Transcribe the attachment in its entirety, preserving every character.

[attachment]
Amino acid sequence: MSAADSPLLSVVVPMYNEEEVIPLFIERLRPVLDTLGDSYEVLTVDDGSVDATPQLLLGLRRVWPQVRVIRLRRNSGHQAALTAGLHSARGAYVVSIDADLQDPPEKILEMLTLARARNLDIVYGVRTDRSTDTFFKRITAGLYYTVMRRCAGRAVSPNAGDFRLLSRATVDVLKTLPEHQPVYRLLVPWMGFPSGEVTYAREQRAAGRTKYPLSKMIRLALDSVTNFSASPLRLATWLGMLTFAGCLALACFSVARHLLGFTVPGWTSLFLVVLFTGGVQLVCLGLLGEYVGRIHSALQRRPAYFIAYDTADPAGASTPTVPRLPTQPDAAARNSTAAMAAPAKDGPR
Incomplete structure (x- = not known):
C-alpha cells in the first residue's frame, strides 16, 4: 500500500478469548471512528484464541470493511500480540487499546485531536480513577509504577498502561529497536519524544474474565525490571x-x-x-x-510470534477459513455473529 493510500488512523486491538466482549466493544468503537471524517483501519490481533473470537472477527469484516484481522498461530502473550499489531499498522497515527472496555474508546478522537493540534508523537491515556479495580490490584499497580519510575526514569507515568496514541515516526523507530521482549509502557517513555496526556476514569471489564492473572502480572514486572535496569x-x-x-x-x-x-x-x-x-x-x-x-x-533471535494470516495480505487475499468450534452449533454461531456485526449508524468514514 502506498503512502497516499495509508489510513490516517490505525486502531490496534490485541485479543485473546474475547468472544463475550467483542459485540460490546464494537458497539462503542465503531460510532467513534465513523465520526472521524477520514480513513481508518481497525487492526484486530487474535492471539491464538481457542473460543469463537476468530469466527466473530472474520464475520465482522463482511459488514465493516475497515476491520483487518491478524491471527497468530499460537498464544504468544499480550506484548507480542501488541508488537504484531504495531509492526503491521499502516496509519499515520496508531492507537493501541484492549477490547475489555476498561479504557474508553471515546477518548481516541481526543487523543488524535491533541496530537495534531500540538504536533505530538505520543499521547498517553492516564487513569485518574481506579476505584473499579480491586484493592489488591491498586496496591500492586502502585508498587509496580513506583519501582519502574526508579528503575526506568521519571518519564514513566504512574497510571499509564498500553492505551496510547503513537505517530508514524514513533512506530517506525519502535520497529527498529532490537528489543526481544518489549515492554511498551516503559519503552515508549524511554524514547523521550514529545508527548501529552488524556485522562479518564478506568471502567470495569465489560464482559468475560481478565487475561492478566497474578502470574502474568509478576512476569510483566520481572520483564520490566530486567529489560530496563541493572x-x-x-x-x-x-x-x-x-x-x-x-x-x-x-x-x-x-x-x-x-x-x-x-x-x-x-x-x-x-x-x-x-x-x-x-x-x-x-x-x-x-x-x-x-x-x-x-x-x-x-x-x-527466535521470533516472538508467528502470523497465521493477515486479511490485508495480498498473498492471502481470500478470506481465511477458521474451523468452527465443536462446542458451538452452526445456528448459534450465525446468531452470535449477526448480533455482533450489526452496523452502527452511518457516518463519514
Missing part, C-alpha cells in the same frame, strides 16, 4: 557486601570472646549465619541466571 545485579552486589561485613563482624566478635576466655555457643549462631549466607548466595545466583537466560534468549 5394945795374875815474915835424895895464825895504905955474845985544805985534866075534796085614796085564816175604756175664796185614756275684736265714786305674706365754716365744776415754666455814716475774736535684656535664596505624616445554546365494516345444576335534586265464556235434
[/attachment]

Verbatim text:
Amino acid sequence: MSAADSPLLSVVVPMYNEEEVIPLFIERLRPVLDTLGDSYEVLTVDDGSVDATPQLLLGLRRVWPQVRVIRLRRNSGHQAALTAGLHSARGAYVVSIDADLQDPPEKILEMLTLARARNLDIVYGVRTDRSTDTFFKRITAGLYYTVMRRCAGRAVSPNAGDFRLLSRATVDVLKTLPEHQPVYRLLVPWMGFPSGEVTYAREQRAAGRTKYPLSKMIRLALDSVTNFSASPLRLATWLGMLTFAGCLALACFSVARHLLGFTVPGWTSLFLVVLFTGGVQLVCLGLLGEYVGRIHSALQRRPAYFIAYDTADPAGASTPTVPRLPTQPDAAARNSTAAMAAPAKDGPR
Incomplete structure (x- = not known):
C-alpha cells in the first residue's frame, strides 16, 4: 500500500478469548471512528484464541470493511500480540487499546485531536480513577509504577498502561529497536519524544474474565525490571x-x-x-x-510470534477459513455473529 493510500488512523486491538466482549466493544468503537471524517483501519490481533473470537472477527469484516484481522498461530502473550499489531499498522497515527472496555474508546478522537493540534508523537491515556479495580490490584499497580519510575526514569507515568496514541515516526523507530521482549509502557517513555496526556476514569471489564492473572502480572514486572535496569x-x-x-x-x-x-x-x-x-x-x-x-x-533471535494470516495480505487475499468450534452449533454461531456485526449508524468514514 502506498503512502497516499495509508489510513490516517490505525486502531490496534490485541485479543485473546474475547468472544463475550467483542459485540460490546464494537458497539462503542465503531460510532467513534465513523465520526472521524477520514480513513481508518481497525487492526484486530487474535492471539491464538481457542473460543469463537476468530469466527466473530472474520464475520465482522463482511459488514465493516475497515476491520483487518491478524491471527497468530499460537498464544504468544499480550506484548507480542501488541508488537504484531504495531509492526503491521499502516496509519499515520496508531492507537493501541484492549477490547475489555476498561479504557474508553471515546477518548481516541481526543487523543488524535491533541496530537495534531500540538504536533505530538505520543499521547498517553492516564487513569485518574481506579476505584473499579480491586484493592489488591491498586496496591500492586502502585508498587509496580513506583519501582519502574526508579528503575526506568521519571518519564514513566504512574497510571499509564498500553492505551496510547503513537505517530508514524514513533512506530517506525519502535520497529527498529532490537528489543526481544518489549515492554511498551516503559519503552515508549524511554524514547523521550514529545508527548501529552488524556485522562479518564478506568471502567470495569465489560464482559468475560481478565487475561492478566497474578502470574502474568509478576512476569510483566520481572520483564520490566530486567529489560530496563541493572x-x-x-x-x-x-x-x-x-x-x-x-x-x-x-x-x-x-x-x-x-x-x-x-x-x-x-x-x-x-x-x-x-x-x-x-x-x-x-x-x-x-x-x-x-x-x-x-x-x-x-x-x-527466535521470533516472538508467528502470523497465521493477515486479511490485508495480498498473498492471502481470500478470506481465511477458521474451523468452527465443536462446542458451538452452526445456528448459534450465525446468531452470535449477526448480533455482533450489526452496523452502527452511518457516518463519514
Missing part, C-alpha cells in the same frame, strides 16, 4: 557486601570472646549465619541466571 545485579552486589561485613563482624566478635576466655555457643549462631549466607548466595545466583537466560534468549 5394945795374875815474915835424895895464825895504905955474845985544805985534866075534796085614796085564816175604756175664796185614756275684736265714786305674706365754716365744776415754666455814716475774736535684656535664596505624616445554546365494516345444576335534586265464556235434